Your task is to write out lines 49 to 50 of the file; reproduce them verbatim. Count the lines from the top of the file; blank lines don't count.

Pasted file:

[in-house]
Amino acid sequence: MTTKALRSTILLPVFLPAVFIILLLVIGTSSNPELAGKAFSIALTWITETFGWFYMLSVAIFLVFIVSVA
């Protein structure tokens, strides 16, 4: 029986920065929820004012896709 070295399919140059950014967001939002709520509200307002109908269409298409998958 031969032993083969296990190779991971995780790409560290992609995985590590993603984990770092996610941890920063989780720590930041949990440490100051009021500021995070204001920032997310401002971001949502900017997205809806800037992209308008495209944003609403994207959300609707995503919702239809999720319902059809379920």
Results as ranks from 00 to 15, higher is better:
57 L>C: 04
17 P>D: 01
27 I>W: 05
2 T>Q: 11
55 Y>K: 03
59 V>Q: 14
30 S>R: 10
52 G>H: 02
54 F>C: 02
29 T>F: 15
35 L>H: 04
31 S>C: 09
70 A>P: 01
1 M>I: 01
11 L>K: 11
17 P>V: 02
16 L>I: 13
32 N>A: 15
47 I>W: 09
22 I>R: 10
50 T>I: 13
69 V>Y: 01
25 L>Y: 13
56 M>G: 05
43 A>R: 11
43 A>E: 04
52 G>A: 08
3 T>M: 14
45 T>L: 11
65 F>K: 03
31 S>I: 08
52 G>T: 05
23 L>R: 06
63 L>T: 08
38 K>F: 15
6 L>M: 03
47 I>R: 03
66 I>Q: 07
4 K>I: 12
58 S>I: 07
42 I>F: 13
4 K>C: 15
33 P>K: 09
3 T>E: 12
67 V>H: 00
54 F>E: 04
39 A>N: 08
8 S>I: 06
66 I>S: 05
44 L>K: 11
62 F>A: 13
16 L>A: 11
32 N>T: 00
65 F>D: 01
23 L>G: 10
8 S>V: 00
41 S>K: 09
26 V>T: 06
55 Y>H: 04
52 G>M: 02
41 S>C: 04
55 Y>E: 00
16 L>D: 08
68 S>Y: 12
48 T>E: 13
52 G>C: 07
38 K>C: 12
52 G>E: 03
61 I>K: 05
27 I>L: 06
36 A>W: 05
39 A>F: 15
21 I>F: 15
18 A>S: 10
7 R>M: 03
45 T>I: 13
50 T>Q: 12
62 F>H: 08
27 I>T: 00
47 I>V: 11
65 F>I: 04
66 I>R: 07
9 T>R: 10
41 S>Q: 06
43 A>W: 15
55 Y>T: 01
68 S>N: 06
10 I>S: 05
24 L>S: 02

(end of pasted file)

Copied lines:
67 V>H: 00
54 F>E: 04